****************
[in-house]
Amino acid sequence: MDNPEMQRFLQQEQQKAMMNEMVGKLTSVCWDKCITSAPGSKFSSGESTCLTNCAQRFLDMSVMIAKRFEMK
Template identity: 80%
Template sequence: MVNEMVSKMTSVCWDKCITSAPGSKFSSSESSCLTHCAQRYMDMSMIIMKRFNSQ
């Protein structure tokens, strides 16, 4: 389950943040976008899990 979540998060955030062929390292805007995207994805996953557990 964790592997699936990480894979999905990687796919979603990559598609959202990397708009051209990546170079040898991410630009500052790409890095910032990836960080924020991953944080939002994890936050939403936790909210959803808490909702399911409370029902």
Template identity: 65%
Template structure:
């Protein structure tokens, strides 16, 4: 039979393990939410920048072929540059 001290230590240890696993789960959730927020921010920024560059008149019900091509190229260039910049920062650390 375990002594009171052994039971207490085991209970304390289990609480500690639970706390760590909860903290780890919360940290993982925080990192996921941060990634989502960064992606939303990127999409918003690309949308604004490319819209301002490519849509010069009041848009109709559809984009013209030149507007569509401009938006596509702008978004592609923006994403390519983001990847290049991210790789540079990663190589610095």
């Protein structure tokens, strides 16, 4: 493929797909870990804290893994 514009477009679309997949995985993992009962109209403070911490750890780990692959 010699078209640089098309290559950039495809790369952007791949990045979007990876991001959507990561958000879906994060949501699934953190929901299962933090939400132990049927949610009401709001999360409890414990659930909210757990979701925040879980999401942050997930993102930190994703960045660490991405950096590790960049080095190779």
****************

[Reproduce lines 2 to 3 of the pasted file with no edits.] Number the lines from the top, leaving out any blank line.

Amino acid sequence: MDNPEMQRFLQQEQQKAMMNEMVGKLTSVCWDKCITSAPGSKFSSGESTCLTNCAQRFLDMSVMIAKRFEMK
Template identity: 80%